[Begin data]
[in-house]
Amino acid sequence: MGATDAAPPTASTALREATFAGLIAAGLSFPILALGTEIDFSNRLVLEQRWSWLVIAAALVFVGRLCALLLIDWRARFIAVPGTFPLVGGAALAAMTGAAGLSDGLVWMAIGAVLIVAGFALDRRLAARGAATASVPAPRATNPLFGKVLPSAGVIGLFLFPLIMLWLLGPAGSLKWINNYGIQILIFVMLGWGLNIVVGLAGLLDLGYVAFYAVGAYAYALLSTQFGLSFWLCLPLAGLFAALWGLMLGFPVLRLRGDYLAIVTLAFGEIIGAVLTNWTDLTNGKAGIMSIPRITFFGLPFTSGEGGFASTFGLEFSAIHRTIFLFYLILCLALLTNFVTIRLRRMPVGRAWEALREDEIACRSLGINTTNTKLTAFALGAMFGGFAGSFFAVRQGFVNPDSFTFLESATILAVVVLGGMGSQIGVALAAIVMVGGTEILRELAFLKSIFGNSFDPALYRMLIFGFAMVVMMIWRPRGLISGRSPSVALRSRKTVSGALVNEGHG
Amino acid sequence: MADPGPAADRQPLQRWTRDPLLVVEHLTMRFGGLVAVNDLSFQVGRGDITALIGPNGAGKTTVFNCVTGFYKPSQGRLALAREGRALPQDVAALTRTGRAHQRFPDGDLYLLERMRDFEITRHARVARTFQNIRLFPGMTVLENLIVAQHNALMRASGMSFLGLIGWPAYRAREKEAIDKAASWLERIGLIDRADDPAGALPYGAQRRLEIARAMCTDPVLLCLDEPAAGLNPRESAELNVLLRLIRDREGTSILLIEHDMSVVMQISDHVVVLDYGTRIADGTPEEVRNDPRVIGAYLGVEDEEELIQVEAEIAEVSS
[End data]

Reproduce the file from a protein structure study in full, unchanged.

[in-house]
Amino acid sequence: MGATDAAPPTASTALREATFAGLIAAGLSFPILALGTEIDFSNRLVLEQRWSWLVIAAALVFVGRLCALLLIDWRARFIAVPGTFPLVGGAALAAMTGAAGLSDGLVWMAIGAVLIVAGFALDRRLAARGAATASVPAPRATNPLFGKVLPSAGVIGLFLFPLIMLWLLGPAGSLKWINNYGIQILIFVMLGWGLNIVVGLAGLLDLGYVAFYAVGAYAYALLSTQFGLSFWLCLPLAGLFAALWGLMLGFPVLRLRGDYLAIVTLAFGEIIGAVLTNWTDLTNGKAGIMSIPRITFFGLPFTSGEGGFASTFGLEFSAIHRTIFLFYLILCLALLTNFVTIRLRRMPVGRAWEALREDEIACRSLGINTTNTKLTAFALGAMFGGFAGSFFAVRQGFVNPDSFTFLESATILAVVVLGGMGSQIGVALAAIVMVGGTEILRELAFLKSIFGNSFDPALYRMLIFGFAMVVMMIWRPRGLISGRSPSVALRSRKTVSGALVNEGHG
Amino acid sequence: MADPGPAADRQPLQRWTRDPLLVVEHLTMRFGGLVAVNDLSFQVGRGDITALIGPNGAGKTTVFNCVTGFYKPSQGRLALAREGRALPQDVAALTRTGRAHQRFPDGDLYLLERMRDFEITRHARVARTFQNIRLFPGMTVLENLIVAQHNALMRASGMSFLGLIGWPAYRAREKEAIDKAASWLERIGLIDRADDPAGALPYGAQRRLEIARAMCTDPVLLCLDEPAAGLNPRESAELNVLLRLIRDREGTSILLIEHDMSVVMQISDHVVVLDYGTRIADGTPEEVRNDPRVIGAYLGVEDEEELIQVEAEIAEVSS